|PHOTOS: Albert Tan|
For this man, persons with intellectual disabilities deserve to live their best life too.
“Can one person make a difference?”
This question posed by Bill Wilson of Metro Ministries, New York, instantly resonated with Nicodemus Lim in 1998.
Inspired by Wilson’s outreach to the poor and needy in slums of Brooklyn, Lim decided to volunteer for Jesus for All Minds, a ministry help group in City Harvest Church that serves individuals with special needs.
When he was a schoolboy, Lim had three classmates and two neighbors with intellectual disabilities. Lim recalls how miserable he felt as a young boy when he would watch dismally as one of these classmates repeatedly failed his tests. When Lim could not take it any more, he secretly allowed this classmate with special needs to copy his answers. Today, Lim still remembers his friend.
Having a heart for people led Lim to pursue his calling in social work (even though he had topped his cohort in electronic engineering at university), much to the dismay of his mother, who then, couldn’t understand why her son chose this path. Lim went on to attain an overseas scholarship and eventually gained direct entry to a PhD program with a full scholarship.
Lim describes the members of JAMs as persons who are simple and sincere in their feelings and thoughts, “having personality and an attitude, yet absolutely unpretentious.”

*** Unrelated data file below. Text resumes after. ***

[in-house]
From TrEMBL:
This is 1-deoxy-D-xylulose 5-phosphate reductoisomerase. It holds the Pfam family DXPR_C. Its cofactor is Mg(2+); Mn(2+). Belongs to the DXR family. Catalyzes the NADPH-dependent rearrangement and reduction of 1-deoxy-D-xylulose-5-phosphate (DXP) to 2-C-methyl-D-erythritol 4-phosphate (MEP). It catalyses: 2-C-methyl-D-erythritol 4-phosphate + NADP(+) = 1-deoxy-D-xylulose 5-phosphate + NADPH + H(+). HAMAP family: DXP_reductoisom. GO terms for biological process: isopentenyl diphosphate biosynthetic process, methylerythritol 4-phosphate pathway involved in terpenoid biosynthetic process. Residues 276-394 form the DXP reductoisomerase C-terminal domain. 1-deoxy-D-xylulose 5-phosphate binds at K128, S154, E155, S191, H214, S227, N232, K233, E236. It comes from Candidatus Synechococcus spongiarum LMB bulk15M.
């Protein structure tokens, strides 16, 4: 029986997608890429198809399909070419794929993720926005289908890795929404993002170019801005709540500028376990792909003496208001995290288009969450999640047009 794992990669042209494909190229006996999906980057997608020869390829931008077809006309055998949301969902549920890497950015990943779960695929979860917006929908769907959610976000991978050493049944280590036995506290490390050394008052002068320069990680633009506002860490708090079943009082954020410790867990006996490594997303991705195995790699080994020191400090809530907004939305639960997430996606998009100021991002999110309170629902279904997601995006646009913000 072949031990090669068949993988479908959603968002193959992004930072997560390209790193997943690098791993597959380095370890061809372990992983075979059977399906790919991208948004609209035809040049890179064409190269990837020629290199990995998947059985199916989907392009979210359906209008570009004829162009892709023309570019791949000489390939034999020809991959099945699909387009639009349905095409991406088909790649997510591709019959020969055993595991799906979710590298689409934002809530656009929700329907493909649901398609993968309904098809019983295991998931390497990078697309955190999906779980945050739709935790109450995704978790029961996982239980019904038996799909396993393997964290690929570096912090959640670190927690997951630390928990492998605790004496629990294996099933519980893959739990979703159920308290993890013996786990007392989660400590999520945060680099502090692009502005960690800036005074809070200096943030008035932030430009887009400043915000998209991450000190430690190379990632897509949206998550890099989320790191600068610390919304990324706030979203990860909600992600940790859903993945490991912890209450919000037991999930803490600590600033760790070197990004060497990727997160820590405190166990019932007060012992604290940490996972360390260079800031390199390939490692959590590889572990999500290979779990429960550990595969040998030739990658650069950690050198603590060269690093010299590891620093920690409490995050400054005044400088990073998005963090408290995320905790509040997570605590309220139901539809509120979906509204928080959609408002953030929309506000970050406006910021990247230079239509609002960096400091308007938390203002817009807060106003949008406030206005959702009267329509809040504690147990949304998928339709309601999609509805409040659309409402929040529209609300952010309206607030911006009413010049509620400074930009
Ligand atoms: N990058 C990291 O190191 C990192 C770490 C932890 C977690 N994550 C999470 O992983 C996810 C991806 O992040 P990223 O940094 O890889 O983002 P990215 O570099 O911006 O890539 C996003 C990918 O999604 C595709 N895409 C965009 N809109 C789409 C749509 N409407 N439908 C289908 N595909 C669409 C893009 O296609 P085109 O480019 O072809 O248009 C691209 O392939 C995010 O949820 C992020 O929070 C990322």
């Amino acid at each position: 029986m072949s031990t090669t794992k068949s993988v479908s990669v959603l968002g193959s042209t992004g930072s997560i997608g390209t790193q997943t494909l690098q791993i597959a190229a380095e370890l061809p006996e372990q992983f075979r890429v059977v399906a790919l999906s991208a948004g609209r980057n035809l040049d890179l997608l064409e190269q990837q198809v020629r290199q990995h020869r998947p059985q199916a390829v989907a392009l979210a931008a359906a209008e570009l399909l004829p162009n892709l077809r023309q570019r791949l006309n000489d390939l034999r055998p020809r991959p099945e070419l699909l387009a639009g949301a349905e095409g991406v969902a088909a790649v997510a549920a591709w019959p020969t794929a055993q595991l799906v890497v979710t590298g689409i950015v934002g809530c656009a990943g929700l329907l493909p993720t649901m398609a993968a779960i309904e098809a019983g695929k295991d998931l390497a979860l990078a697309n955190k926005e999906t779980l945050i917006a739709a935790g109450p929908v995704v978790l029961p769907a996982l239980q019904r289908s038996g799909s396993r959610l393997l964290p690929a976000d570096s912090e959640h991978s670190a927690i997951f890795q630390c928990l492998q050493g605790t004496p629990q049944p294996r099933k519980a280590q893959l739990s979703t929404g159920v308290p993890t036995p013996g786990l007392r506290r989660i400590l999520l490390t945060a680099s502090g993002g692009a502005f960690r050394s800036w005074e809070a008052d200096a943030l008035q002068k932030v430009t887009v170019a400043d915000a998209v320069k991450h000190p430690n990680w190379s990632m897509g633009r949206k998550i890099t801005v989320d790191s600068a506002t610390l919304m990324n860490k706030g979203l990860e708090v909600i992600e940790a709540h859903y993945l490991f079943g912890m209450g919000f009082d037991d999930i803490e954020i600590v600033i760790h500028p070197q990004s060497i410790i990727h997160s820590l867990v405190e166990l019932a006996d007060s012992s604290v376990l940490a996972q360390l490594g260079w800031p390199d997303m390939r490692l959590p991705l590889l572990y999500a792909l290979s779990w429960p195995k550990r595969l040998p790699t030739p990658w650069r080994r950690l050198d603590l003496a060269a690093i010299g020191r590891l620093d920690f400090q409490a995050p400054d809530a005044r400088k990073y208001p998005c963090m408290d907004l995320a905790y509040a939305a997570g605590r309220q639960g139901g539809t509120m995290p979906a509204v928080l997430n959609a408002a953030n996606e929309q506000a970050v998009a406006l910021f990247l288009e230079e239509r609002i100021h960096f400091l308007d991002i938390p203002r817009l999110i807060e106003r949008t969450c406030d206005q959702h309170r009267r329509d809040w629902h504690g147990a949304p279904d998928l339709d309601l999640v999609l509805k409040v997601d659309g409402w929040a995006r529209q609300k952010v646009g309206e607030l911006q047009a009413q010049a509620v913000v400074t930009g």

“I feel so at ease among them. Whenever I step into JAMs, there is an explosion of joy inside of me. At times, I simply cannot stop smiling.”
When it comes to cleaning soiled carpets, wiping off saliva and vomit, or even being “manhandled” by some of his charges, Lim dismisses these as part and parcel of being in this ministry. “I don’t see any of it as a sacrifice. It’s a calling, and God gives different measures of grace to different types of calling.”
This would seem to be the distinctive characteristic of a JAMs ministry volunteer—wanting not the recognition of selfless deeds, but for society to look upon people with special needs in a positive light.
While labels such as “violent,” “handicapped” and “pitiful” are often used to portray people with special needs, Lim believes that “they are generally gentler, more amiable and happier than ‘normal’ people.” He adds, “they are fun-loving, easily contented, and many of them lead meaningful and productive lives.”
In spite of the lack of public education and awareness when it comes to people with special needs, Lim is confident that JAMs is effectively playing a part in changing society’s perceptions, by giving these individuals a chance in life and allowing them the freedom of creative expression.
Lim is an obvious asset to JAMs. “Nic is our secret weapon,” says Lily Yong, supervisor for JAMs. “We’re proud of him.”